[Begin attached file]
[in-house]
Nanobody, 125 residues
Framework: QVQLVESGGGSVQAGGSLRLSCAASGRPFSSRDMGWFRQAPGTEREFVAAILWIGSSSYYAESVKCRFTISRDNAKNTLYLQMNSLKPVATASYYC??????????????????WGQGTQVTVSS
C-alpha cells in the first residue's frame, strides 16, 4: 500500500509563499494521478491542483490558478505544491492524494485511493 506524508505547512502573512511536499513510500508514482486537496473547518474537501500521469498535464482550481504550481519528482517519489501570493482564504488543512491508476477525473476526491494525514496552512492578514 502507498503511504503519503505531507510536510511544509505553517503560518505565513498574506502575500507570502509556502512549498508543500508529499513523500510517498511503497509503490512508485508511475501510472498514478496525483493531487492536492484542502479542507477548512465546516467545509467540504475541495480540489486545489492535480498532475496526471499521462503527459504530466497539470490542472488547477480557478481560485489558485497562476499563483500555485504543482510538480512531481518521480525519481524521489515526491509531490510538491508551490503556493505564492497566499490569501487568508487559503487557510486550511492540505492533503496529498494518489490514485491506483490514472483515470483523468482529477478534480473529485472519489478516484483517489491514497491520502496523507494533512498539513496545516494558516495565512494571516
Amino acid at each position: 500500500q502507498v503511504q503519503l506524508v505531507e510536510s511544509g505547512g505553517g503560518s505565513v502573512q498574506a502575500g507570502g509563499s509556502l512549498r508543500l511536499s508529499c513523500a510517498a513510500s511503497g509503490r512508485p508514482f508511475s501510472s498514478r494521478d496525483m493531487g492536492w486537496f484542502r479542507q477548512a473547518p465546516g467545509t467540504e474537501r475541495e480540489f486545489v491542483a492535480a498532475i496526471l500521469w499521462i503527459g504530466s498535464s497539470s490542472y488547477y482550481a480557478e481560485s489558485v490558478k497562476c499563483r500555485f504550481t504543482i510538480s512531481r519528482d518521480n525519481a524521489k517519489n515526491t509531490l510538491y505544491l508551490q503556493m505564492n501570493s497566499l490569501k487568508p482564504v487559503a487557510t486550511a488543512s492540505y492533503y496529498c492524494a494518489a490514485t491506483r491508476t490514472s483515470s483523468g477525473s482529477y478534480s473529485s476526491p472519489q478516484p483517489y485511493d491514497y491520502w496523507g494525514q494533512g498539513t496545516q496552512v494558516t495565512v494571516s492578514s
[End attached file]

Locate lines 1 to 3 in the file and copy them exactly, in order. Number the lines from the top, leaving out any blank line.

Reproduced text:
[in-house]
Nanobody, 125 residues
Framework: QVQLVESGGGSVQAGGSLRLSCAASGRPFSSRDMGWFRQAPGTEREFVAAILWIGSSSYYAESVKCRFTISRDNAKNTLYLQMNSLKPVATASYYC??????????????????WGQGTQVTVSS